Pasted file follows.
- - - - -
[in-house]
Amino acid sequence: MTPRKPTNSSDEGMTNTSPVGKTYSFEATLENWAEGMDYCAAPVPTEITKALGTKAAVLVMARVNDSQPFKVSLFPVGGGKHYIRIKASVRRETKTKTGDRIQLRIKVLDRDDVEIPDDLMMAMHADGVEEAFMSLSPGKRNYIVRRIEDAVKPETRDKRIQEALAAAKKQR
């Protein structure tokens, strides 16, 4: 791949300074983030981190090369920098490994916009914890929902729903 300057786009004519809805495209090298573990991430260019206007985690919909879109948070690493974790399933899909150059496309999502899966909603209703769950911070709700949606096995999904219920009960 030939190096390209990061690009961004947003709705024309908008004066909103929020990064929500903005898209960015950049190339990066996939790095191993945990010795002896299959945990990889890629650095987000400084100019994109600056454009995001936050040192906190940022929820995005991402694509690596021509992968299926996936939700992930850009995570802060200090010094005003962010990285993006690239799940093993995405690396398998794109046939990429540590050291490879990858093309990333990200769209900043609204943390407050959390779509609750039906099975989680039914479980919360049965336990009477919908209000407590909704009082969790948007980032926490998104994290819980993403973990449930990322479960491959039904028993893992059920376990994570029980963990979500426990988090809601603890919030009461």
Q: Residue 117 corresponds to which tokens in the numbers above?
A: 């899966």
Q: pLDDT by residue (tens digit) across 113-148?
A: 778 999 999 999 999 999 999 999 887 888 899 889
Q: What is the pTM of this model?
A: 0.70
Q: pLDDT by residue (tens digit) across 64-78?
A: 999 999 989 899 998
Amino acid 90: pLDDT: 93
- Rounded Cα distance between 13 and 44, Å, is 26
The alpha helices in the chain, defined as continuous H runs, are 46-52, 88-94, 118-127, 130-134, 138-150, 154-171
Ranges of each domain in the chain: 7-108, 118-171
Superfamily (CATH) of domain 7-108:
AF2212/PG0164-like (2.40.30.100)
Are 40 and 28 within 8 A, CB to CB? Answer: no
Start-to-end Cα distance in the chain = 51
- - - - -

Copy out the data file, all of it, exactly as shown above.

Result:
[in-house]
Amino acid sequence: MTPRKPTNSSDEGMTNTSPVGKTYSFEATLENWAEGMDYCAAPVPTEITKALGTKAAVLVMARVNDSQPFKVSLFPVGGGKHYIRIKASVRRETKTKTGDRIQLRIKVLDRDDVEIPDDLMMAMHADGVEEAFMSLSPGKRNYIVRRIEDAVKPETRDKRIQEALAAAKKQR
């Protein structure tokens, strides 16, 4: 791949300074983030981190090369920098490994916009914890929902729903 300057786009004519809805495209090298573990991430260019206007985690919909879109948070690493974790399933899909150059496309999502899966909603209703769950911070709700949606096995999904219920009960 030939190096390209990061690009961004947003709705024309908008004066909103929020990064929500903005898209960015950049190339990066996939790095191993945990010795002896299959945990990889890629650095987000400084100019994109600056454009995001936050040192906190940022929820995005991402694509690596021509992968299926996936939700992930850009995570802060200090010094005003962010990285993006690239799940093993995405690396398998794109046939990429540590050291490879990858093309990333990200769209900043609204943390407050959390779509609750039906099975989680039914479980919360049965336990009477919908209000407590909704009082969790948007980032926490998104994290819980993403973990449930990322479960491959039904028993893992059920376990994570029980963990979500426990988090809601603890919030009461």
Q: Residue 117 corresponds to which tokens in the numbers above?
A: 């899966």
Q: pLDDT by residue (tens digit) across 113-148?
A: 778 999 999 999 999 999 999 999 887 888 899 889
Q: What is the pTM of this model?
A: 0.70
Q: pLDDT by residue (tens digit) across 64-78?
A: 999 999 989 899 998
Amino acid 90: pLDDT: 93
- Rounded Cα distance between 13 and 44, Å, is 26
The alpha helices in the chain, defined as continuous H runs, are 46-52, 88-94, 118-127, 130-134, 138-150, 154-171
Ranges of each domain in the chain: 7-108, 118-171
Superfamily (CATH) of domain 7-108:
AF2212/PG0164-like (2.40.30.100)
Are 40 and 28 within 8 A, CB to CB? Answer: no
Start-to-end Cα distance in the chain = 51